Daylight Saving Time – How to transition smoothly

Daylight Saving Time – How to transition smoothly

Spring is here and daylight saving time is around the corner.

At 2am on the 28th of march, you will move your clocks to 3am. We will artificially lose 1 hour of sleep.

Here are basically 2 ways to transition to spring time:

First method: Act like it’s a normal day on Sunday and move your clocks to the new time when going to bed. This is the easiest way. Then, just follow your daily routine according to the new clock, everything will just be pushed by 1 hour.

Second method: Split the difference, is more gentle and may be more appropriate for smaller children. You will then split the difference. For example if your child usually goes to bed at 7pm, put her to bed at 7.30pm (NEW time, or “artificially” 6.30pm winter time) for a few days, then switch back to the previous bedtime (7pm). You can also try bedtime à 7.30pm for a few days, then 7.15pm for a few days, then back to 7pm.

If you opt for the second method, don’t hesitate to start a few days before the official change to make it smoother on d-day!

This transition is often tough on many children who might get tired and cranky. Here are a few tips to make it easier:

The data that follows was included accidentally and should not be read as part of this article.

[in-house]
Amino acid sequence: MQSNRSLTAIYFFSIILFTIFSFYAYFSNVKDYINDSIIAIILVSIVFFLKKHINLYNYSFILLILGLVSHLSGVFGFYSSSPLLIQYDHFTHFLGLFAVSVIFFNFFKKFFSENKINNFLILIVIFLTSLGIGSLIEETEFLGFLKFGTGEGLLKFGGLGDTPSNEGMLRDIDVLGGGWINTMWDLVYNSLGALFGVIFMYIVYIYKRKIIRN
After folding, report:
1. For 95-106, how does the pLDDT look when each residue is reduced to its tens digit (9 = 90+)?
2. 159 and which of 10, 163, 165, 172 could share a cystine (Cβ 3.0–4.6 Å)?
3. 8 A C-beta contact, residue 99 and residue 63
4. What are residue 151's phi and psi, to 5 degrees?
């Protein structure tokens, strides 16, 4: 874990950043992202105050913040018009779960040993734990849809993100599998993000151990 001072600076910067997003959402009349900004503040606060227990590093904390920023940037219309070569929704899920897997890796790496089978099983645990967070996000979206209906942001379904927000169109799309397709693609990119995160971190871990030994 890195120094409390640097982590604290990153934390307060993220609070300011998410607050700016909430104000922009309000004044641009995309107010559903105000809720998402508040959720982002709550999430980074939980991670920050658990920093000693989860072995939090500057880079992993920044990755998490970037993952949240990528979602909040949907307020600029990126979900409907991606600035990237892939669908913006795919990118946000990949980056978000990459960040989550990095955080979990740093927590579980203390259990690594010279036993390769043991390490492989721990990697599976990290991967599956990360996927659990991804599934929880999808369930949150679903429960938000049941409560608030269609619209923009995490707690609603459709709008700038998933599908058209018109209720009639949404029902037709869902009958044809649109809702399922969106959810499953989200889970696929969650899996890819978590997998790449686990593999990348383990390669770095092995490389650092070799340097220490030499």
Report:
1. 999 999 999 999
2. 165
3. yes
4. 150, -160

• Live on new time as soon as possible: it will mean you will get lunch “earlier”, wake your children “earlier” first mornings after the time change, switch everything according to the new time immediately or every other day like for bedtime after time change.
  • Naps are a priority: Make sure your child is getting good naps before time change happens so he’s well rested when the switch happens. Move their naps a bit back as you move their bedtime as well, so the wakeful windows stay a bit the same as before.
  • Make it dark: darkness is always your friend regarding sleep, and things like blackout curtains or shutters will help ensure your children’s bedroom is as dark as possible. Remember with daylight saving time, there’s still light outside when your children go to bed and it can be difficult for them to understand it’s time to sleep and for their body to produce melatonin (the sleep hormone aka our very good friend). These will help your children find sleep more easily and sleep more soundly!
  •  Pay attention to wakeful windows during transition: your child might need a few days to adapt to time change, so pay attention to their wakeful window (time awake) and adapt nap time accordingly, so they stay awake about the same amount of time they usually do (we want to avoid them getting tired and fussy).
  • Go outside! Getting natural light will help everyone’s internal clock reset faster!

Photo by Lukas Blazek on Unsplash

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